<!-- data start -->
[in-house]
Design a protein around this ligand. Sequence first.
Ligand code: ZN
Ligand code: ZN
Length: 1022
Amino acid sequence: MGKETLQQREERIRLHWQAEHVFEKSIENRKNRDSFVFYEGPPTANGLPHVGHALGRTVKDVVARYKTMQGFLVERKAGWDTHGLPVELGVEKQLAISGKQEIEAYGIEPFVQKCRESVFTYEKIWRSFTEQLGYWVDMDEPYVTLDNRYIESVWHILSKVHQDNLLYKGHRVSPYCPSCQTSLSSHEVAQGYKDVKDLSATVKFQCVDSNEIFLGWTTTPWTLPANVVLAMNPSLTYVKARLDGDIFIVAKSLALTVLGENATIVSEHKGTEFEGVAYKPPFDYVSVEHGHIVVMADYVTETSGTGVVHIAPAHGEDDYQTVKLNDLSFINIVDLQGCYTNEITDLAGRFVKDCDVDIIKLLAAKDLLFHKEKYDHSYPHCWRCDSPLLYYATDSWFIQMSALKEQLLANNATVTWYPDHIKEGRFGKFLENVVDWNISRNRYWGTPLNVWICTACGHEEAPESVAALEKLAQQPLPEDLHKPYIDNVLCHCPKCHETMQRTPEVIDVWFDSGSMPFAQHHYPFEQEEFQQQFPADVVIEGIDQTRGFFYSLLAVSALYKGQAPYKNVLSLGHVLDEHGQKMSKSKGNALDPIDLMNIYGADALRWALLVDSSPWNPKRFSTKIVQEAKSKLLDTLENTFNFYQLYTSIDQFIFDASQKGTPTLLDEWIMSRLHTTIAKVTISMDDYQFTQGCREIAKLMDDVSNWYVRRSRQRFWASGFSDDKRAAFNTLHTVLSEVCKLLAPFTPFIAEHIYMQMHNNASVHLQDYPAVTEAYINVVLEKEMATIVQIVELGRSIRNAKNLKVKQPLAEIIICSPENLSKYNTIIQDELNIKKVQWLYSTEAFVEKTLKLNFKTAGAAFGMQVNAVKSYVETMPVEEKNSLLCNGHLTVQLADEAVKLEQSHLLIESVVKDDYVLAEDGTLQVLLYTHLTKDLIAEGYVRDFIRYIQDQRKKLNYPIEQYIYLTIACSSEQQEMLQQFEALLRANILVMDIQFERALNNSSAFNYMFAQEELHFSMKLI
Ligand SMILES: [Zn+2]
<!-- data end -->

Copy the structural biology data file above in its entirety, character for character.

[in-house]
Design a protein around this ligand. Sequence first.
Ligand code: ZN
Ligand code: ZN
Length: 1022
Amino acid sequence: MGKETLQQREERIRLHWQAEHVFEKSIENRKNRDSFVFYEGPPTANGLPHVGHALGRTVKDVVARYKTMQGFLVERKAGWDTHGLPVELGVEKQLAISGKQEIEAYGIEPFVQKCRESVFTYEKIWRSFTEQLGYWVDMDEPYVTLDNRYIESVWHILSKVHQDNLLYKGHRVSPYCPSCQTSLSSHEVAQGYKDVKDLSATVKFQCVDSNEIFLGWTTTPWTLPANVVLAMNPSLTYVKARLDGDIFIVAKSLALTVLGENATIVSEHKGTEFEGVAYKPPFDYVSVEHGHIVVMADYVTETSGTGVVHIAPAHGEDDYQTVKLNDLSFINIVDLQGCYTNEITDLAGRFVKDCDVDIIKLLAAKDLLFHKEKYDHSYPHCWRCDSPLLYYATDSWFIQMSALKEQLLANNATVTWYPDHIKEGRFGKFLENVVDWNISRNRYWGTPLNVWICTACGHEEAPESVAALEKLAQQPLPEDLHKPYIDNVLCHCPKCHETMQRTPEVIDVWFDSGSMPFAQHHYPFEQEEFQQQFPADVVIEGIDQTRGFFYSLLAVSALYKGQAPYKNVLSLGHVLDEHGQKMSKSKGNALDPIDLMNIYGADALRWALLVDSSPWNPKRFSTKIVQEAKSKLLDTLENTFNFYQLYTSIDQFIFDASQKGTPTLLDEWIMSRLHTTIAKVTISMDDYQFTQGCREIAKLMDDVSNWYVRRSRQRFWASGFSDDKRAAFNTLHTVLSEVCKLLAPFTPFIAEHIYMQMHNNASVHLQDYPAVTEAYINVVLEKEMATIVQIVELGRSIRNAKNLKVKQPLAEIIICSPENLSKYNTIIQDELNIKKVQWLYSTEAFVEKTLKLNFKTAGAAFGMQVNAVKSYVETMPVEEKNSLLCNGHLTVQLADEAVKLEQSHLLIESVVKDDYVLAEDGTLQVLLYTHLTKDLIAEGYVRDFIRYIQDQRKKLNYPIEQYIYLTIACSSEQQEMLQQFEALLRANILVMDIQFERALNNSSAFNYMFAQEELHFSMKLI
Ligand SMILES: [Zn+2]